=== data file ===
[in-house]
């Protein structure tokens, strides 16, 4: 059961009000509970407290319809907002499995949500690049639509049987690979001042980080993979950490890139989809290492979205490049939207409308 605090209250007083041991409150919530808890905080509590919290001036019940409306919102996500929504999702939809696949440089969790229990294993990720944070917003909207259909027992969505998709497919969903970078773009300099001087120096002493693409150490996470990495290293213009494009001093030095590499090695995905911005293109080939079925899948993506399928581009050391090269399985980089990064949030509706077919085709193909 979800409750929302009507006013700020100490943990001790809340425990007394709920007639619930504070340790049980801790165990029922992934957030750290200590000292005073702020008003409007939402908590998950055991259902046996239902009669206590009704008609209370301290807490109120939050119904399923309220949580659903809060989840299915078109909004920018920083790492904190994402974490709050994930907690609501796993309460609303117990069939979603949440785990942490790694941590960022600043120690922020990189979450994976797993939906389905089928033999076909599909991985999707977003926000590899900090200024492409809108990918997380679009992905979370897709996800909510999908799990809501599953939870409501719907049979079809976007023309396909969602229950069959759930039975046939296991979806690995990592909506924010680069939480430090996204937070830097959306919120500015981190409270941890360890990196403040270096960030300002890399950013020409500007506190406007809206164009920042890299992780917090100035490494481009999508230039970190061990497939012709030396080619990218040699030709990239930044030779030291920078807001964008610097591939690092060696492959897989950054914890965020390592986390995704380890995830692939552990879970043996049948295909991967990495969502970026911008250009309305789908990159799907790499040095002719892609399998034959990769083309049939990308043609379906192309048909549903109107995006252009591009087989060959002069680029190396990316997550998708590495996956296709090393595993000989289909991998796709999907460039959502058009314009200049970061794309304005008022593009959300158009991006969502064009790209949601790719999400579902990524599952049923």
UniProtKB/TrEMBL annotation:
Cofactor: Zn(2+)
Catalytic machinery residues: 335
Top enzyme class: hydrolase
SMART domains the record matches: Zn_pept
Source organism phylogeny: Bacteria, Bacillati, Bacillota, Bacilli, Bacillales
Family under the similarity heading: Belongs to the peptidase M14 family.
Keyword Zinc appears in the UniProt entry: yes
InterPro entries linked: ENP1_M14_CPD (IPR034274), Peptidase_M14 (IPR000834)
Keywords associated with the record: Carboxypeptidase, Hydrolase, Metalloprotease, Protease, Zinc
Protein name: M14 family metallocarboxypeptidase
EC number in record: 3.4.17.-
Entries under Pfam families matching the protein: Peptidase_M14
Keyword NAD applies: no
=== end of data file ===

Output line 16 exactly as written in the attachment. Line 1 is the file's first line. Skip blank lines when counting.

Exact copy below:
Keyword NAD applies: no